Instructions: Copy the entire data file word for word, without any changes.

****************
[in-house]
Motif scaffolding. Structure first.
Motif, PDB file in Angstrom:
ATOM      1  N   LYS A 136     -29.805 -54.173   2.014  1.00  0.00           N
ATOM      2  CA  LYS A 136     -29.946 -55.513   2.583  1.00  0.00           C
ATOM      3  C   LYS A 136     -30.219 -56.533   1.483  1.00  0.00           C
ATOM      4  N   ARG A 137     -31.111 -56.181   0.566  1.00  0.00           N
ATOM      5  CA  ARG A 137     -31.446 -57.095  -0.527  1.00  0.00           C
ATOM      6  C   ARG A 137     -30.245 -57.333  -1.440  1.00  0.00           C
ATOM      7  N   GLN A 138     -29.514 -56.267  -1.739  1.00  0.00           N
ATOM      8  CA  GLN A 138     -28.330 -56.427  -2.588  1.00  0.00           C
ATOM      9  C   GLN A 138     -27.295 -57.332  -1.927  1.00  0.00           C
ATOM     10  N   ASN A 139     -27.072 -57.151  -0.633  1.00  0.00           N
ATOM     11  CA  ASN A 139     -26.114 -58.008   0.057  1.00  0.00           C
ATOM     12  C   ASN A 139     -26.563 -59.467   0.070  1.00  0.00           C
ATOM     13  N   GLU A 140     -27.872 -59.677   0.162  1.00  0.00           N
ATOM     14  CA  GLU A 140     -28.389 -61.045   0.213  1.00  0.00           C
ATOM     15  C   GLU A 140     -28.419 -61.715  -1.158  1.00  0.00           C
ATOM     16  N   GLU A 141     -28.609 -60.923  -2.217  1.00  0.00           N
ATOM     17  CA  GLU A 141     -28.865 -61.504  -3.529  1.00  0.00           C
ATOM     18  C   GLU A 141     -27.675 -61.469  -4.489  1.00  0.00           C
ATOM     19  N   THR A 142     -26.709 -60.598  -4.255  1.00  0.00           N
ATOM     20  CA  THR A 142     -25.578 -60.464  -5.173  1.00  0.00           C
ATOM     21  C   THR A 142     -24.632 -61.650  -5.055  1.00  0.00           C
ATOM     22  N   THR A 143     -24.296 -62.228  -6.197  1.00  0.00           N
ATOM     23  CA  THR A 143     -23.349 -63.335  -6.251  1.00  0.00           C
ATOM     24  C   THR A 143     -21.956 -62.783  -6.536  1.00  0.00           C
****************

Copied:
[in-house]
Motif scaffolding. Structure first.
Motif, PDB file in Angstrom:
ATOM      1  N   LYS A 136     -29.805 -54.173   2.014  1.00  0.00           N
ATOM      2  CA  LYS A 136     -29.946 -55.513   2.583  1.00  0.00           C
ATOM      3  C   LYS A 136     -30.219 -56.533   1.483  1.00  0.00           C
ATOM      4  N   ARG A 137     -31.111 -56.181   0.566  1.00  0.00           N
ATOM      5  CA  ARG A 137     -31.446 -57.095  -0.527  1.00  0.00           C
ATOM      6  C   ARG A 137     -30.245 -57.333  -1.440  1.00  0.00           C
ATOM      7  N   GLN A 138     -29.514 -56.267  -1.739  1.00  0.00           N
ATOM      8  CA  GLN A 138     -28.330 -56.427  -2.588  1.00  0.00           C
ATOM      9  C   GLN A 138     -27.295 -57.332  -1.927  1.00  0.00           C
ATOM     10  N   ASN A 139     -27.072 -57.151  -0.633  1.00  0.00           N
ATOM     11  CA  ASN A 139     -26.114 -58.008   0.057  1.00  0.00           C
ATOM     12  C   ASN A 139     -26.563 -59.467   0.070  1.00  0.00           C
ATOM     13  N   GLU A 140     -27.872 -59.677   0.162  1.00  0.00           N
ATOM     14  CA  GLU A 140     -28.389 -61.045   0.213  1.00  0.00           C
ATOM     15  C   GLU A 140     -28.419 -61.715  -1.158  1.00  0.00           C
ATOM     16  N   GLU A 141     -28.609 -60.923  -2.217  1.00  0.00           N
ATOM     17  CA  GLU A 141     -28.865 -61.504  -3.529  1.00  0.00           C
ATOM     18  C   GLU A 141     -27.675 -61.469  -4.489  1.00  0.00           C
ATOM     19  N   THR A 142     -26.709 -60.598  -4.255  1.00  0.00           N
ATOM     20  CA  THR A 142     -25.578 -60.464  -5.173  1.00  0.00           C
ATOM     21  C   THR A 142     -24.632 -61.650  -5.055  1.00  0.00           C
ATOM     22  N   THR A 143     -24.296 -62.228  -6.197  1.00  0.00           N
ATOM     23  CA  THR A 143     -23.349 -63.335  -6.251  1.00  0.00           C
ATOM     24  C   THR A 143     -21.956 -62.783  -6.536  1.00  0.00           C